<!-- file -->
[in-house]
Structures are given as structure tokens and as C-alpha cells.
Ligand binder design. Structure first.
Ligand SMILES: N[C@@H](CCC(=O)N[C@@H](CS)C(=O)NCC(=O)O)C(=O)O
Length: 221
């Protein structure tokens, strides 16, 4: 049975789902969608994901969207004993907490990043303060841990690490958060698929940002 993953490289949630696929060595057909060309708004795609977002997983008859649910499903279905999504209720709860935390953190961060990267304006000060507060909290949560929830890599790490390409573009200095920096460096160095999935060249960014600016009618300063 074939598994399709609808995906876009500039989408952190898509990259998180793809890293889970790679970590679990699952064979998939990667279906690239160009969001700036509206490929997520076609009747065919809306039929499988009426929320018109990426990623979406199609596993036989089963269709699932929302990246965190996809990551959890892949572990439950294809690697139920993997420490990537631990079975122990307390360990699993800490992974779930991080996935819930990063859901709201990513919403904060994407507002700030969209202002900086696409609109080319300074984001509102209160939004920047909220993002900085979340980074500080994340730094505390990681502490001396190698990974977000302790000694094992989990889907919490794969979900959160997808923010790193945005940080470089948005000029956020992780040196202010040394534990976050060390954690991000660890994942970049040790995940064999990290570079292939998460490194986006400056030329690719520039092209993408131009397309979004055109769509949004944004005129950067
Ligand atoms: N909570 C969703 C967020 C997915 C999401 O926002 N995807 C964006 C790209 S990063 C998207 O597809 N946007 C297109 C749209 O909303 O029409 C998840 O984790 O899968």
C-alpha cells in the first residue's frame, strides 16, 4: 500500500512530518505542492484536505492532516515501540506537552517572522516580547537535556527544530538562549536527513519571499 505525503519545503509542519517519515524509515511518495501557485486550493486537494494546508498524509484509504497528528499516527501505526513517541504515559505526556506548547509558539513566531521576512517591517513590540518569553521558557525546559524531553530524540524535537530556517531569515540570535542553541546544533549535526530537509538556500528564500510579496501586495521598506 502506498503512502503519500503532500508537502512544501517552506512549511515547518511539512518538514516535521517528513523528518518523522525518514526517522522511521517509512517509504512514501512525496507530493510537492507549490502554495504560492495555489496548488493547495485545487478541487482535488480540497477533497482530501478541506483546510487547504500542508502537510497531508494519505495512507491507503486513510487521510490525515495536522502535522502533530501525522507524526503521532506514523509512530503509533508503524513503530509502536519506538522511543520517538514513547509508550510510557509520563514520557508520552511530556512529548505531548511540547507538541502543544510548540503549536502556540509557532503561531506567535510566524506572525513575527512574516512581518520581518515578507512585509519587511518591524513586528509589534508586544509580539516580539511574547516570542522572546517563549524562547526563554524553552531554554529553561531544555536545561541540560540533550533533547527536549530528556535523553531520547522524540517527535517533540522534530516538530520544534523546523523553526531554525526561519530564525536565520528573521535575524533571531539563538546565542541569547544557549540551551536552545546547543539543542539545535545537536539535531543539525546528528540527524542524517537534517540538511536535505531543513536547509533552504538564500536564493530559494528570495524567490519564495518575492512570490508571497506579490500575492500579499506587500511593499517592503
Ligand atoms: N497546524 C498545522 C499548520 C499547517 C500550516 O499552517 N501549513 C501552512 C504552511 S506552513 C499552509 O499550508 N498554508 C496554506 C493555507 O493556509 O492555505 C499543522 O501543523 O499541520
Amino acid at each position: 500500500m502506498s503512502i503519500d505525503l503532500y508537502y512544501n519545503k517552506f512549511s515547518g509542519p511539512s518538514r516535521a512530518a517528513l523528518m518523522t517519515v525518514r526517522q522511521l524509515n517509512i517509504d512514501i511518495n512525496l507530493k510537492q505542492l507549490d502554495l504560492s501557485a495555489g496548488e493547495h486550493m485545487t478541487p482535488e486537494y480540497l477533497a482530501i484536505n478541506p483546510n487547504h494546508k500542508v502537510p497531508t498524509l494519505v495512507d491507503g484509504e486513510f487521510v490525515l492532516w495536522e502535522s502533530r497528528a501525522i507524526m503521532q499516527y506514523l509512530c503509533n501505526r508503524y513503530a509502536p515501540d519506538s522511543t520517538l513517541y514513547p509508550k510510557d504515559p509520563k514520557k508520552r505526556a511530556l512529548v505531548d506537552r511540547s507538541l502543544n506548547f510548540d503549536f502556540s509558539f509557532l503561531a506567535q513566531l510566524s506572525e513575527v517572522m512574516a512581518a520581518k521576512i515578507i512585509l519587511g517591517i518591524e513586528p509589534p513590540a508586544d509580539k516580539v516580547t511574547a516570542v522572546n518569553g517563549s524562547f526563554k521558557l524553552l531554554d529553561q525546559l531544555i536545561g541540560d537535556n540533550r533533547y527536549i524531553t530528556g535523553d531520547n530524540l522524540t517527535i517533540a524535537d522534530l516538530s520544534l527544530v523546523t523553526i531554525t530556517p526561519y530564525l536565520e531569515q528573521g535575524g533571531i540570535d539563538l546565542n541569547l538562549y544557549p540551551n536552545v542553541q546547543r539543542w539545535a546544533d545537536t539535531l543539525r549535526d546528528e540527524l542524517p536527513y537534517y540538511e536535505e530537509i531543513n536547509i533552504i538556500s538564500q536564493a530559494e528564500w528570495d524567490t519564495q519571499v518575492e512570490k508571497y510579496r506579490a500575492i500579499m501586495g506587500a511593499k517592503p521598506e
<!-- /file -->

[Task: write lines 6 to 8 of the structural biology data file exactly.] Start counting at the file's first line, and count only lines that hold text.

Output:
């Protein structure tokens, strides 16, 4: 049975789902969608994901969207004993907490990043303060841990690490958060698929940002 993953490289949630696929060595057909060309708004795609977002997983008859649910499903279905999504209720709860935390953190961060990267304006000060507060909290949560929830890599790490390409573009200095920096460096160095999935060249960014600016009618300063 074939598994399709609808995906876009500039989408952190898509990259998180793809890293889970790679970590679990699952064979998939990667279906690239160009969001700036509206490929997520076609009747065919809306039929499988009426929320018109990426990623979406199609596993036989089963269709699932929302990246965190996809990551959890892949572990439950294809690697139920993997420490990537631990079975122990307390360990699993800490992974779930991080996935819930990063859901709201990513919403904060994407507002700030969209202002900086696409609109080319300074984001509102209160939004920047909220993002900085979340980074500080994340730094505390990681502490001396190698990974977000302790000694094992989990889907919490794969979900959160997808923010790193945005940080470089948005000029956020992780040196202010040394534990976050060390954690991000660890994942970049040790995940064999990290570079292939998460490194986006400056030329690719520039092209993408131009397309979004055109769509949004944004005129950067
Ligand atoms: N909570 C969703 C967020 C997915 C999401 O926002 N995807 C964006 C790209 S990063 C998207 O597809 N946007 C297109 C749209 O909303 O029409 C998840 O984790 O899968």
C-alpha cells in the first residue's frame, strides 16, 4: 500500500512530518505542492484536505492532516515501540506537552517572522516580547537535556527544530538562549536527513519571499 505525503519545503509542519517519515524509515511518495501557485486550493486537494494546508498524509484509504497528528499516527501505526513517541504515559505526556506548547509558539513566531521576512517591517513590540518569553521558557525546559524531553530524540524535537530556517531569515540570535542553541546544533549535526530537509538556500528564500510579496501586495521598506 502506498503512502503519500503532500508537502512544501517552506512549511515547518511539512518538514516535521517528513523528518518523522525518514526517522522511521517509512517509504512514501512525496507530493510537492507549490502554495504560492495555489496548488493547495485545487478541487482535488480540497477533497482530501478541506483546510487547504500542508502537510497531508494519505495512507491507503486513510487521510490525515495536522502535522502533530501525522507524526503521532506514523509512530503509533508503524513503530509502536519506538522511543520517538514513547509508550510510557509520563514520557508520552511530556512529548505531548511540547507538541502543544510548540503549536502556540509557532503561531506567535510566524506572525513575527512574516512581518520581518515578507512585509519587511518591524513586528509589534508586544509580539516580539511574547516570542522572546517563549524562547526563554524553552531554554529553561531544555536545561541540560540533550533533547527536549530528556535523553531520547522524540517527535517533540522534530516538530520544534523546523523553526531554525526561519530564525536565520528573521535575524533571531539563538546565542541569547544557549540551551536552545546547543539543542539545535545537536539535531543539525546528528540527524542524517537534517540538511536535505531543513536547509533552504538564500536564493530559494528570495524567490519564495518575492512570490508571497506579490500575492500579499506587500511593499517592503